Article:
Lord of Sipan

Lord of Sipan

The Lord of Sipan is the tomb of an important leader of the pre-Inca civilization Moche, which was found by the Peruvian archeologist Walter Alva in 1987.

According to several scientists, this tomb is the most important archeological discovery of America in the last 30 years. The tomb of the Lord of Sipan is the unique tomb of the Moche culture that has been found intact; since, most tombs of the region have been looted by thieves.

The tomb was found in the Lambayeque region at north of the Peruvian coast. The place where the tomb was found is known as “Huaca Rajada” and is located to 35 Kilometers from the city of Chiclayo. The tomb was found within a complex composed by three pyramids made of adobe, one of which contained the mummy of the Lord of Sipan and his entourage.

The tomb contained a great numbers of items made of gold, silver, copper and gems. All pieces were worked with mastery in metallurgy. The jewelry found in Sipan is the greatest evidence of the ability of the ancient Peruvian to work with metals.

The collection of items of the Tomb of the Lord of Sipan includes around 400 jewels, amongst them: elaborate masks, necklaces, earrings and much other beautiful jewelry. In the tomb there had also many ceremonial utensils such as sea shells of the genera Spondylus and Conus, rattles, knives, amongst other.

The mummy was found inside a wooden sarcophagus and belonged to a man of 1.67 meters (5 feet 4 inches) tall approximately, who died when he was 35-45 years old. His clothing includes pectoral, helmets, ear rings, bracelets and falconry.

One of the most impressive pieces of the tomb is his necklace whose right side is made of gold and its left side is made of silver, symbolizing the Sun and the Moon. Another amazing jewel that was found in the tomb, was a necklace composed by ten gold beads that depict a spider, in midst of which there is a human head.

Next to the mummy of the dignitary, were found the bodies of eight people who are buried with the Lord, because of high rank that held the owner of the tomb.

Archeologists believe that amongst these people were the wife and two concubines of the Lord of Sipan, a military commander, a banner holder, a watchman and a child. These people were buried in coffins of cane. There were also several animals, amongst them a dog, which was probably the pet of the Lord of Sipan. The tomb contained also several dozens of vessels that probably contained food and drinks.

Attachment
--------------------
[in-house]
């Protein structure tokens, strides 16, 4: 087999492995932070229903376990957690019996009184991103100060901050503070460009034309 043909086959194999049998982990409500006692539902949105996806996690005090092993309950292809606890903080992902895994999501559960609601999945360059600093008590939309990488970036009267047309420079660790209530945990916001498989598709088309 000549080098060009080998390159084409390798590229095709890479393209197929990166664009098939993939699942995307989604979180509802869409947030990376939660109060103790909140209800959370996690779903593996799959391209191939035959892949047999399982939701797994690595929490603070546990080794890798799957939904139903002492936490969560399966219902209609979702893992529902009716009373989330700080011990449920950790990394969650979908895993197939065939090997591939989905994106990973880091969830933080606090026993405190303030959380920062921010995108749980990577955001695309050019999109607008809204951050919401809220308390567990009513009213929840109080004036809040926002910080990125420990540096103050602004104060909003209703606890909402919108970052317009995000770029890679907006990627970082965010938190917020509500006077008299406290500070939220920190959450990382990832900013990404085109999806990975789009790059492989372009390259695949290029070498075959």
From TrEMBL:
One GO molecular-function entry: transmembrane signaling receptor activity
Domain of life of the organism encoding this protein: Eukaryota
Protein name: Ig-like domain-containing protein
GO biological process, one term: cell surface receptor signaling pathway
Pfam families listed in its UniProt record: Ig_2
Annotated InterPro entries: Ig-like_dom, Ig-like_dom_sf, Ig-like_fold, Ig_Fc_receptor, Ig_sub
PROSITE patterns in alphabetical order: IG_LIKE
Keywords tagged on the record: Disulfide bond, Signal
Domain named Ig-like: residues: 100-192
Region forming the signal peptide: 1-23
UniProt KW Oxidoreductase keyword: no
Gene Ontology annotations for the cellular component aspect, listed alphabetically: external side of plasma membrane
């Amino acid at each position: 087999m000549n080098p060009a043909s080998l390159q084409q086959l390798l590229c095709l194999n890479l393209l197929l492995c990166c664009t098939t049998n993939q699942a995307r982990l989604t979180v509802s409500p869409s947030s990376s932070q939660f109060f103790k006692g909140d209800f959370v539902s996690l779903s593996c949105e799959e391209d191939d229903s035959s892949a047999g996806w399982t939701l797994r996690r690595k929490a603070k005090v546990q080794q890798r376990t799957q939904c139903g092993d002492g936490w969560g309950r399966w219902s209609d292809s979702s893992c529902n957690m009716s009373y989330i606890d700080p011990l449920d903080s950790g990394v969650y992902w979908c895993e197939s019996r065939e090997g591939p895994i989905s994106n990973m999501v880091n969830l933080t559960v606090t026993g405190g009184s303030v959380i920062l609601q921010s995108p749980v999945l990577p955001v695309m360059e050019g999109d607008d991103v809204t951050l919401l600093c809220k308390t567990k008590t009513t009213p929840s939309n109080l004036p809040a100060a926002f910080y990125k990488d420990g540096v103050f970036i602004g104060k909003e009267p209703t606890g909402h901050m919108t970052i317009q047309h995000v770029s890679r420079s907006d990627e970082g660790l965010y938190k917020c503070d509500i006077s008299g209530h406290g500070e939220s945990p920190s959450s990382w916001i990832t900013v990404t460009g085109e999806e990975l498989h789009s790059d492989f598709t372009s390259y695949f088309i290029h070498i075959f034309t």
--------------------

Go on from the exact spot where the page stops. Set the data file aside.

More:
The Moche culture ruled in the entire northern Peruvian coast, several centuries ago. In the IV century AD, Moche people buried one of their main leaders. Like all the important leaders of this civilization, this warlord was buried with his head pointing south and with his ears and nose covered with jewelry of gold, silver and gems.

Tomb of the Lord of SipanThe tomb survived intact during almost 1600 years. Despite constant lootings that took place in the zone along the time.

Fortunately, the tomb was discovered only in 1987, when the Peruvian archeologist Walter Alva did the most important archeological discovery of the last 50 years. The excavation made by Alva was compared to the finding of the tomb of Tutankhamen in Egypt.

After their discovery, the objects found in the tomb of Sipan were exhibited on many countries of America, Asia and Europe. In 1989 , investigators of the Brüning Museum discovered two new tombs in Huaca Rajada, “EL Sacerdote” (the Priest) and the tomb of “EL Viejo Señor de Sipan” (the Old Lord of Sipan).

Both tombs contained also a great number of items such as gold and silver jewels, chest protectors, shells and peculiar pictures. Most pieces of Sipan were restored in Germany by the Mainz Museum between 1988 and 1993. When the exhibition returned to Peru, it was hosted in the Brüning Museum.

Nevertheless, Walter Alva prompted the construction of a special museum to save the items of the tomb of the Lord of Sipan. Therefore in 2002 was inaugurated the museum Royal Tombs of Sipan, whose architectonic design was inspired by the ancient truncated pyramids constructed by the ancient Moche civilization.

The museum hosts most objects found in the tomb of Sipan and other objects belonged to the Moche civilization. Its collection is composed by around 2000 pieces of gold.

The Tomb of the Lord the Sipan is currently one of the most important archeological centers of South America after Cusco.

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